Review – Batman: Arkham Knight (Xbox One)

Be The Batman

Rocksteady’s Arkham series supposedly comes to a close with Batman: Arkham Knight, recently released for current gen consoles. Following up Asylum and City with an open world adventure that gives players access to a fully fledged Gotham, this time held hostage by the Scarecrow in a fear campaign lifted almost directly from Batman Begins, and traversable by the tried and true grapnel gun or the newly implemented Batmobile. That Batmobile has been been a serious bone of contention for many reviewers, not for its awesome Burnout-inspired driving capabilities but for its ability to transform into a full-fledged tank. Sequences where the Bat takes on automated drone tanks (remember, Bruce doesn’t kill) controlled by mysterious new villain and Scarecrow ally Arkham Knight have been heavily criticized as boring and repetitive ever since these mechanics were first previewed but I don’t really get it. I fully enjoyed these tank missions and found them, along with the previously mentioned driving, to be a welcome change from the series’ usual blend of combat, exploration and puzzle solving.

Not that Arkham’s usual formula has grown stale, not by a long shot, especially since the game as a whole seems imbued with more of a Shadow of Mordor inspired streamlined focus this time around, as opposed to something as bloated and overwhelming as the recent The Witcher 3. Combat feels better than ever, charging opponents now quickly brought down with a projectile thrown by double tapping the L trigger and various throws and holds employed depending on the direction of the analog stick pushed during a counter. Mission structure gets a big boost too, a new mission wheel being used to choose the Dark Knight’s next objective rather than just trying to clumsily locate icons on a giant, unorganized map. Some of these side mission options have to be stumbled upon before they can be accessed though, which makes unexpected encounters with the likes of b-listers such as Firefly and Man-Bat all the more satisfying.

Review – Batman: Arkham Knight (Xbox One)

Graphics are exactly what you’d expect from the current PS4/Xbox One era, absolutely flawless,  Gotham’s rain slicked streets looking almost photo-realistic aside from the slightly stylized character models, which wisely avoid the threat of the “uncanny valley”. Performance is decent, with the frame rate only hiccupping when vehicle sequences get particularly chaotic. Production design maintains the series’ usual excellence, character designs carrying over from the franchise’s past for the most part but getting a big upgrade (Batman’s technologically advanced uniform, Scarecrow’s ghoulish new look) where applicable, Gotham itself appropriately gritty with just enough neon thrown in, never veering into ridiculous Schumacher territory, and the Batmobile design is a near perfect amalgam of the beloved Burton and Nolan versions.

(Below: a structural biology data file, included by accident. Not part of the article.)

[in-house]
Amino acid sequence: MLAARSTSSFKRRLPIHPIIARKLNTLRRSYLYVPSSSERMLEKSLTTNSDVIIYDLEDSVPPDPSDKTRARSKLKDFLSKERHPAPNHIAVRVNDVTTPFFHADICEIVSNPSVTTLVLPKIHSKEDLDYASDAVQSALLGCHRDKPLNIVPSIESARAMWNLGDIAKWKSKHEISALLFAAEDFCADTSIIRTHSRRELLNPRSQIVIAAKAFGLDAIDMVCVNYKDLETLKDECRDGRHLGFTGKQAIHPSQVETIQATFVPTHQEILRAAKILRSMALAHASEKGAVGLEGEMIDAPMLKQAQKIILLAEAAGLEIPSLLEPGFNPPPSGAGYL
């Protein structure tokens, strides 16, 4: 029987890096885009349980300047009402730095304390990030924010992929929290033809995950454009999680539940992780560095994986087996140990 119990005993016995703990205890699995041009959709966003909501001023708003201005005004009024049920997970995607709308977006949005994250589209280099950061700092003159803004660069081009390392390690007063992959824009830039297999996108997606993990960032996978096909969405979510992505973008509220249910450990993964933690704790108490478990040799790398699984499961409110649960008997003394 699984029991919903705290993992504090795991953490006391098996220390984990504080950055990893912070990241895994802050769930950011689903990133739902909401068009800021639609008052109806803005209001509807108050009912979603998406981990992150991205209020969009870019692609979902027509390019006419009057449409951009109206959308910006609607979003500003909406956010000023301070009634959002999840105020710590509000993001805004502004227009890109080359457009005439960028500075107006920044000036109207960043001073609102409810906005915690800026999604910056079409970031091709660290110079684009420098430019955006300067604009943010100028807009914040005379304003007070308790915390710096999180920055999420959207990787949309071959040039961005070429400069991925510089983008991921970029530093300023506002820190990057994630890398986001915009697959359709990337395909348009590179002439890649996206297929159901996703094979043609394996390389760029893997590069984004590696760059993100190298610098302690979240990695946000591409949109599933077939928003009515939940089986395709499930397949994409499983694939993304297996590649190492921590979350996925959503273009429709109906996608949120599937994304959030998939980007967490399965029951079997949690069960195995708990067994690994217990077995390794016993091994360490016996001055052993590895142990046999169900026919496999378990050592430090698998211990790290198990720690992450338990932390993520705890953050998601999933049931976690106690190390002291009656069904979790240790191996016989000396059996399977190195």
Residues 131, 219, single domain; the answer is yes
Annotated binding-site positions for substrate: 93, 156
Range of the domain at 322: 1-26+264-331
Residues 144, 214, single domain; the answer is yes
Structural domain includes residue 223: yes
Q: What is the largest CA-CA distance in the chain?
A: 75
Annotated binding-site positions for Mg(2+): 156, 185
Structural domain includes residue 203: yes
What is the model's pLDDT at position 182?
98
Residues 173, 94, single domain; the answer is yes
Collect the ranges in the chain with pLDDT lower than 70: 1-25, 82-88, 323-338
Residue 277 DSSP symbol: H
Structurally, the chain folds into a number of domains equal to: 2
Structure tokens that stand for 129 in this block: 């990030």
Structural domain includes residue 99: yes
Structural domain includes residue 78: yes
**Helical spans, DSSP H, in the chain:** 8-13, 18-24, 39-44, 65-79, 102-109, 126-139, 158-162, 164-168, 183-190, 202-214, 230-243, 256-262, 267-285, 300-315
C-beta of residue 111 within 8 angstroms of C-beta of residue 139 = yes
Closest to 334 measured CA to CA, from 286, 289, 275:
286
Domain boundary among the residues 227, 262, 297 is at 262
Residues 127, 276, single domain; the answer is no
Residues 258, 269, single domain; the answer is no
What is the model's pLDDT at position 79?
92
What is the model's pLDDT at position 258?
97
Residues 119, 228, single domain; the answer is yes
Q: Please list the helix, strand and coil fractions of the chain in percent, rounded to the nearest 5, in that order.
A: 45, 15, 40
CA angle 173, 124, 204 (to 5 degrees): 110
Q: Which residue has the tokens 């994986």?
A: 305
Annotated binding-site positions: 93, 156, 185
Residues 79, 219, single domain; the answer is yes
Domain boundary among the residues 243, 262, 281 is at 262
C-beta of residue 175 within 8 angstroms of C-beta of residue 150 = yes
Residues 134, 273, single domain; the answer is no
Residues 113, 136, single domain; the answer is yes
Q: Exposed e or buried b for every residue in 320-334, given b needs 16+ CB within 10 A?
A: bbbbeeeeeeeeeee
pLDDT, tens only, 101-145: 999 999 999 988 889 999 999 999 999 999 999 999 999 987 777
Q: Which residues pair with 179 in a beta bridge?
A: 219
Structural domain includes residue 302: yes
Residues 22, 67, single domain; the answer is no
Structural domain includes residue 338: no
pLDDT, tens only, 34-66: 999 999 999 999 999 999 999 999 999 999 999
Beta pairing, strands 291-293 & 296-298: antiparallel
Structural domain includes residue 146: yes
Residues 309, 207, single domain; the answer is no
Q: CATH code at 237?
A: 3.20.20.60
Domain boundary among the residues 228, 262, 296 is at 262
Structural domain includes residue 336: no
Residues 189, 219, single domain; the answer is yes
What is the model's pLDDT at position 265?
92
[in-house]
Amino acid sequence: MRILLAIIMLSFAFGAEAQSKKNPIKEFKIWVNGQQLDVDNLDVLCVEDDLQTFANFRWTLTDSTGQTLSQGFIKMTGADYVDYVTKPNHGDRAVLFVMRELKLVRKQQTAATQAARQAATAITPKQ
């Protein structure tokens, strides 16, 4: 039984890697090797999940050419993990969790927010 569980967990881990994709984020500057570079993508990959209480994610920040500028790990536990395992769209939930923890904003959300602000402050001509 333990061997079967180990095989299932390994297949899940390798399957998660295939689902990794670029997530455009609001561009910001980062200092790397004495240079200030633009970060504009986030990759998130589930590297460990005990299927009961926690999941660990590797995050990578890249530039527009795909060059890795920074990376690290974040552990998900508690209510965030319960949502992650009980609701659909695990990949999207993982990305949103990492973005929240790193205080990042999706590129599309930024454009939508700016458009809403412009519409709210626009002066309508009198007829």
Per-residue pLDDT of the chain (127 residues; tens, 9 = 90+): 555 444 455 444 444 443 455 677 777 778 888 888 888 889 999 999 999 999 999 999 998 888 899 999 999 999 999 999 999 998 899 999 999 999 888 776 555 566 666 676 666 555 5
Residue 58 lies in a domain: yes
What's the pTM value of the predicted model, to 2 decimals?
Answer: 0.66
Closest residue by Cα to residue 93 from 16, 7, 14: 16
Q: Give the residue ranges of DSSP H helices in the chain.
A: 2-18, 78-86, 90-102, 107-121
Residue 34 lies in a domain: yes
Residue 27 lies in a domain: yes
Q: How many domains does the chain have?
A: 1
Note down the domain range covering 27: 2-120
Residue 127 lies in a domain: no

Sound design is nearly perfect as well, a booming orchestral soundtrack scoring the action, and Kevin Conroy back in the cowl as Batman, with Fringe’s John Noble and Breaking Bad’s Jonathan Banks turning in excellent takes on Scarecrow and Gordon respectively. Several iconic voices from the franchise’s past return, though saying exactly which one(s) may spoil one of the game’s most brilliant twists. Thug voices and dialogue are also far more varied. In Arkham Origins I felt like every single henchman I encountered was voiced by Futurama’s John DiMaggio, and I felt just terrible having the Caped Crusader repeatedly pound Bender into a paste.

This game was my most anticipated of the year and it hasn’t disappointed. In form, function, style and substance Arkham Knight exceeds expectations, and if this is really Rocksteady’s last dance with the devil in the pale moonlight they’ve left some mighty big bat-boots to fill for the next developer Warner gives the keys to the Batmobile.

Kevin Hawkey is the co-founder, head writer and editor of Riot-Nerd. He enjoys Fighting Games, Metal, Marvel, Horror and all the weird shit in between. A lifelong Philadelphian just as comfortable in a circle pit at Underground Arts as he is drooling over the new Hot Toys figures at Brave New Worlds, Kevin’s idiosyncratic sensibility gives this site it’s unique dichotomy between “riot” and “nerd”.
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